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H. K. Falkenberg, G. N. Dutton, W. A. Simpson; Does Motion Discrimination Sensitivity in Children Aged 5-14 Years Improve After 1 Year?. Invest. Ophthalmol. Vis. Sci. 2010;51(13):1839.
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We have previously shown that motion detection and discrimination in human observers are limited by internal noise and poor sampling efficiency. We have also reported that the development of motion discrimination is immature in school-aged children due to reduced sampling efficiency and not increased internal noise. However, not all children were able to perform all tasks, and a 1-year follow up study was performed on a group of children to ensure that the development of motion discrimination sensitivity is due to improvement in sampling efficiency and not internal noise.
14 child observers aged 5-14 years who performed all three experiments at the initial visit returned for testing 12 ± 2 months later. All participated with informed consent. Contrast detection and discrimination thresholds were measured as a function of two external dynamic noise levels in three tasks; detection of a drifting grating; detection of the sum of two oppositely drifting gratings and direction discrimination of oppositely drifting gratings. The sinusoidal grating (2 c/deg) were drifting at either 1 or 6 Hz. An ideal observer paradigm was used to investigate the underlying changes in sampling efficiency and internal noise with age and task.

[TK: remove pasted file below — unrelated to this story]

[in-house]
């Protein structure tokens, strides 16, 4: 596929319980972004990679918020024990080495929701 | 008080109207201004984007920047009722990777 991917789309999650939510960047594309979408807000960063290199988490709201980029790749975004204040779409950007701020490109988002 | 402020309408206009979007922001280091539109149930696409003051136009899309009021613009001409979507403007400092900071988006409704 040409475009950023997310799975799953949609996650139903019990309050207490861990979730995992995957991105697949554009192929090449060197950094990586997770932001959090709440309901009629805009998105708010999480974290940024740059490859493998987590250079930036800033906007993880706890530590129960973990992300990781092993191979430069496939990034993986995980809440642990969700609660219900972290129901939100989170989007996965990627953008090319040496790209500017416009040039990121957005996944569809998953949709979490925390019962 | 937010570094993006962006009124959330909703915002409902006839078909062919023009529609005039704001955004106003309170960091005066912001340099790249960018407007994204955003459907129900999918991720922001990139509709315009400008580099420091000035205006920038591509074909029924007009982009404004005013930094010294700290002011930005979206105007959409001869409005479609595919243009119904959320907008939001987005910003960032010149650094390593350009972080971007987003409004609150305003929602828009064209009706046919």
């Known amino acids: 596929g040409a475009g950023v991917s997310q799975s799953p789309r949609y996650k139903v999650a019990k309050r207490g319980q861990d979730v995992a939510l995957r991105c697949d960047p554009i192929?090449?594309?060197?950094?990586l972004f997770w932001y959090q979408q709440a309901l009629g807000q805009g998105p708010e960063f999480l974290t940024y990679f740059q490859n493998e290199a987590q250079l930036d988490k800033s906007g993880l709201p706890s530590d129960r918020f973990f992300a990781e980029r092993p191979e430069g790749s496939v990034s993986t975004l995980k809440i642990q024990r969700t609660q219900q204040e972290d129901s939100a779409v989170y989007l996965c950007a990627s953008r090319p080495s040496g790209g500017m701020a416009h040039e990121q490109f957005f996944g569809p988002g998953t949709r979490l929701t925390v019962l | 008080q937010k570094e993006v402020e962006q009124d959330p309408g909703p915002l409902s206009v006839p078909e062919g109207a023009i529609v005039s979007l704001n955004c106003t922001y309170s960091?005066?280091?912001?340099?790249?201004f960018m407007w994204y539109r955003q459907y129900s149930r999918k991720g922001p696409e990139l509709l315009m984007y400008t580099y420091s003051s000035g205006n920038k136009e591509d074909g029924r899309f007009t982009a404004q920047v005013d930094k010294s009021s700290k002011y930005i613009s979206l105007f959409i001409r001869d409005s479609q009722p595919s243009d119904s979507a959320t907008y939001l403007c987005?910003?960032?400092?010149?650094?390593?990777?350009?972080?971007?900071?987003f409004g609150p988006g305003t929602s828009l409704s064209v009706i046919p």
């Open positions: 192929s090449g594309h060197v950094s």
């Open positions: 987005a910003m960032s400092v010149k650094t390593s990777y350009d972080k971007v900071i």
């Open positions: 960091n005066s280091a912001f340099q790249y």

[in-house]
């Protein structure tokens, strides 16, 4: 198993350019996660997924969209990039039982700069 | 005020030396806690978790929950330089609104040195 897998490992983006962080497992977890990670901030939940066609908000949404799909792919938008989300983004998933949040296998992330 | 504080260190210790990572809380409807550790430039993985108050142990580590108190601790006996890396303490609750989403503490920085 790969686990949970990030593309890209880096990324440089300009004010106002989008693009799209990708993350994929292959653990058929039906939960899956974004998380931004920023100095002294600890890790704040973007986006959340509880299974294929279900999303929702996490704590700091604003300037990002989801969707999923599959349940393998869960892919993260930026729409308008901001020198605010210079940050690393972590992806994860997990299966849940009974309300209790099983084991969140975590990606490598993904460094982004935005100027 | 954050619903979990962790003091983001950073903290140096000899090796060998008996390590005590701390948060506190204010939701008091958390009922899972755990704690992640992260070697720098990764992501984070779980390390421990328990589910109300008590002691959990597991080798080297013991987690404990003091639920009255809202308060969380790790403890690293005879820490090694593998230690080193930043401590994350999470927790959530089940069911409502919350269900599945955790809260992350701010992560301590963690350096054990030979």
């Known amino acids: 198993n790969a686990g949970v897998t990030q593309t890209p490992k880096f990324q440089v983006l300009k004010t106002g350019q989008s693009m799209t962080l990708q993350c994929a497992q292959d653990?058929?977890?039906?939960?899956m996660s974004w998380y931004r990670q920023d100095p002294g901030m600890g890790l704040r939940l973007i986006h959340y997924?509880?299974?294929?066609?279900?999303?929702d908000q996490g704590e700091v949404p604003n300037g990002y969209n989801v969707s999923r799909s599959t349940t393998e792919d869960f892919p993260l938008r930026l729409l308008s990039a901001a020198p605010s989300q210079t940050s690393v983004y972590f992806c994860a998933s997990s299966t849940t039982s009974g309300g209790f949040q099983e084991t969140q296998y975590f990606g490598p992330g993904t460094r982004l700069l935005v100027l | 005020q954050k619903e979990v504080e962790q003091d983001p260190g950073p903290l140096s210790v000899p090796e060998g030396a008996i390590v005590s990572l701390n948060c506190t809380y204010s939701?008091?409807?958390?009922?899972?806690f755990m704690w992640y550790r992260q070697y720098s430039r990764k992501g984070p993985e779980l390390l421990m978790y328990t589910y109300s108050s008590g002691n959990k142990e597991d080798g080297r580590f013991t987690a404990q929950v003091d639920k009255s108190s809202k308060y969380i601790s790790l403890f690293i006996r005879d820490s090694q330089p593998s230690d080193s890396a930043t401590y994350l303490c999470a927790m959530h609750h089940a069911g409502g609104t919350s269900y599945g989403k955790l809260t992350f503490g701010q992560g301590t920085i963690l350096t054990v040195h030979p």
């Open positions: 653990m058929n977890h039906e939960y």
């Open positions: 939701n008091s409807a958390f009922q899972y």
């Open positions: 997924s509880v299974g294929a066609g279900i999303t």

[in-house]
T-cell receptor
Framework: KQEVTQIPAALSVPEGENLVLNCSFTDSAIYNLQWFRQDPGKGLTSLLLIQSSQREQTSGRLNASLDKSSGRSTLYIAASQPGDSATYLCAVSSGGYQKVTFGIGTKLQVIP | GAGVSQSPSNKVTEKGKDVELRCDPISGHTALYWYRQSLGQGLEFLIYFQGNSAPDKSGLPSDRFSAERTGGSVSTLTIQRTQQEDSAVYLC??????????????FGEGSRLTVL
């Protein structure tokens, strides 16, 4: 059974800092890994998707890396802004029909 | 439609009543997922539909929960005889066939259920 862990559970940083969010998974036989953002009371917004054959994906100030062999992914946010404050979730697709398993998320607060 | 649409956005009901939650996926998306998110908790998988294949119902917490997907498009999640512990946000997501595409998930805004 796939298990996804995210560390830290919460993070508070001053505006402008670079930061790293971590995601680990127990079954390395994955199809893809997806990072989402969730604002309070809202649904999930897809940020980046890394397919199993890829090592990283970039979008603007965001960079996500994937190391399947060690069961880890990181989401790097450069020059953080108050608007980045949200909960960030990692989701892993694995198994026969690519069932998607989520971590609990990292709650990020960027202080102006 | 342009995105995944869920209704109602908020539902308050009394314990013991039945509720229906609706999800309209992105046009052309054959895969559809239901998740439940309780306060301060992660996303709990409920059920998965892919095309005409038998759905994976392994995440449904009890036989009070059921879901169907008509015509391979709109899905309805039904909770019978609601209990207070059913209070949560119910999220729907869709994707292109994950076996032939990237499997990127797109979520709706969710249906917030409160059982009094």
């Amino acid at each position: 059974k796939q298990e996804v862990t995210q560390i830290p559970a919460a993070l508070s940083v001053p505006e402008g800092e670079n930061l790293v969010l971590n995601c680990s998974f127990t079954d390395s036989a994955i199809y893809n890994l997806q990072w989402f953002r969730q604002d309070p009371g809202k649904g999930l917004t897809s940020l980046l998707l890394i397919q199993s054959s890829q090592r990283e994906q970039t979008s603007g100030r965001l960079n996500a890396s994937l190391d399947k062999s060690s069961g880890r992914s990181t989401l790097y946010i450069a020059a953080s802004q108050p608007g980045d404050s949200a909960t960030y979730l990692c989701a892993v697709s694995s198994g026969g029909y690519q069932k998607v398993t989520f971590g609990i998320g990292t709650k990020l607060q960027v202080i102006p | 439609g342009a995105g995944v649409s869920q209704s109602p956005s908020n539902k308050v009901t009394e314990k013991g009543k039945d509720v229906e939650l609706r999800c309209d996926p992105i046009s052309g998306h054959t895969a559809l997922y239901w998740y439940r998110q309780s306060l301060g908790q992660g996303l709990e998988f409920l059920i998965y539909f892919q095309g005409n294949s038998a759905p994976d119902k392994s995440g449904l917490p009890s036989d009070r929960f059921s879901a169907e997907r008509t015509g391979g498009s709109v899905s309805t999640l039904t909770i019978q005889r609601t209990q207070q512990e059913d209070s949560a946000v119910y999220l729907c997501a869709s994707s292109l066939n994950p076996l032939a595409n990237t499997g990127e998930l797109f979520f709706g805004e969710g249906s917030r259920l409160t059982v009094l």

For direction discrimination a repeated measures ANOVA showed a significant main effect for speed (F(1,13) = 34.9, p<0,01), and age (F(1,13) = 30.3, p<0,01), and a significant interaction between age and speed (F(1,13) = 14, p<0,01). There was also a significant difference between visit 1 and visit 2 (F(1,13) = 31.8, p = p0.25). The sampling efficiency for detection and summation or the internal noise did not change with age, speed or between visits (all p>0.08).
This study confirms that development of motion direction discrimination in children can be attributed to improvement in sampling efficiency and not reduced levels of internal noise in individual observers. The results also support the suggestion that motion detection and discrimination develop at different rates and are processed by different mechanisms.
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